The characters are authentic in spite of the strangeness of the world Esquivel constructs. Mama Elena and Rosaura, both seemingly negative characters in the story, are far from being unidimensional. The book doesn’t try to redeem them. Instead it conceals their humanity within their ostensible beliefs and lets the reader appreciate their flaws. It only takes a second’s reflection to sympathise with Rosaura, a girl married to her sister’s lover and consequently deprived of conjugal affection. That’s where the book surpasses its peers: this very deep understanding of the inherent contradictions we possess as human beings. It decimates our perception of good and bad, burying the notion that these clean, contrived categories even exist. That’s where it shines not as a didactic text filled with edifying instruction but a true exploration of the human psyche without prejudice.

The book is brimming with lavish sexual energy both subtle and overt at the same time. The book treats sex in a way I haven’t experienced before. Sex is elevated to a spiritual level, indistinguishable from love and maybe even superior to it. It’s a celebration of the primal, the physical and the human. The sex is hardly ever explicit and never gratuitous but seethes continually throughout the book beneath the veneer of the narration. I think this is the kind of thoughtful explication of our physicality that literature has been missing for a long time. It doesn’t treat sex as something vile and unmentionable nor does it use it luridly as a cheap thrill or selling point. Sex is central to everything in the story, it’s transcendental and beautiful.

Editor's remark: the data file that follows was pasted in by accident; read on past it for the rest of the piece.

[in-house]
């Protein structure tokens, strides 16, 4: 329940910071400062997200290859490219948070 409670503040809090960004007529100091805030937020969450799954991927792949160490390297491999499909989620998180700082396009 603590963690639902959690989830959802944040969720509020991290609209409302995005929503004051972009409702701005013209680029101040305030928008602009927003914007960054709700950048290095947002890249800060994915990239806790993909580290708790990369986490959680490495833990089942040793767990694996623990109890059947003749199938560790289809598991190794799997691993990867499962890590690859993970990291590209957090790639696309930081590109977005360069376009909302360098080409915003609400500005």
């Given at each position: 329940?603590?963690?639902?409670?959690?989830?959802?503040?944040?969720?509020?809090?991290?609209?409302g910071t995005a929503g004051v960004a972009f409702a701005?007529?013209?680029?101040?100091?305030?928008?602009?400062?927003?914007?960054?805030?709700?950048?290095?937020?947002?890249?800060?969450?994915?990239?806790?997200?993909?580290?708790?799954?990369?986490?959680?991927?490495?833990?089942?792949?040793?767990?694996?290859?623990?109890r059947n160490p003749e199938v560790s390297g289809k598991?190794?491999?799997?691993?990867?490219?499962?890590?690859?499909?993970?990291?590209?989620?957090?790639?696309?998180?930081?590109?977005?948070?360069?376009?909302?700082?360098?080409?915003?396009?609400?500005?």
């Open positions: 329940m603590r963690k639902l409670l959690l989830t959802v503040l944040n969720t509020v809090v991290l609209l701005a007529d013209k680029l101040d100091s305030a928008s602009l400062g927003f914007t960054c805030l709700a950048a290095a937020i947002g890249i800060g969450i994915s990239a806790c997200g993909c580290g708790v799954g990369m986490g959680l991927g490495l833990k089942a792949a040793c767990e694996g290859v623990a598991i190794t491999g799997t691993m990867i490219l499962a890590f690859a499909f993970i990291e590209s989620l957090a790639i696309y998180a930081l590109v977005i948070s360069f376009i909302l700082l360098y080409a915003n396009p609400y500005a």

Laura Esquivel endows her work with all the essentials of a popular novel—a love triangle, a seemingly irredeemable antagonist, a relatable heroine—but also satiates it with weighty themes. There are strong feminist overtones exemplified in the characters of Mama Elena and Gertrudis, Tita’s other sister; it questions the atavistic practices and traditions imposed generation after generation without provision for reasonable debate; it touches on the theme of inheritance (both genetic and psychological). In spite of all this, the novel is never preachy. In fact, it actively endeavours to blur the lines on moral rectitude and succeeds in making the readers question the provenance of their own moralities.

Personally, my favourite part of the book is the food. Even though I don’t recognize most of the dishes, I’d like to try them all. The food is interspersed through and intertwined wholly with the text. While it’s easy to dismiss, I see the food as a metaphor for itself. The story is told with a slight insouciance but also an undercurrent of melancholy and the food provides the characters and readers with a sort of comfort, relief on a long expedition. It’s like a warm meal at the end of a long tiresome day.

Finally, it would be remiss of me not to talk about the one element that exalts this work of art onto a higher plane—magic. The genre of magic realism is relatively new in the world of fiction and is basically a seamless blend of the mundane and commonplace with the fantastic and mystical. The magic is weaved through the story overtly but never interferes with the telling of the story. It does provide a lot in terms of causality but also has a poetic function; it transforms prosaic narration into lyrical and more meaningful storytelling. Whether it’s a group of chickens creating a tornado or conversations with a ghost, all of the magic is made to seem ordinary and usually has some metaphorical or allegorical significance. All this lends to the density of the text without ever making it uninteresting.

In summation, ‘Like Water for Chocolate’ is, in culinary terms, a rare delicacy, as delicious as it is piquant, a synesthetic delight. So for all who enjoy their meals rich and their stories warm, it cannot disappoint.

by Arpit Nayak

Art- Juliana Montoya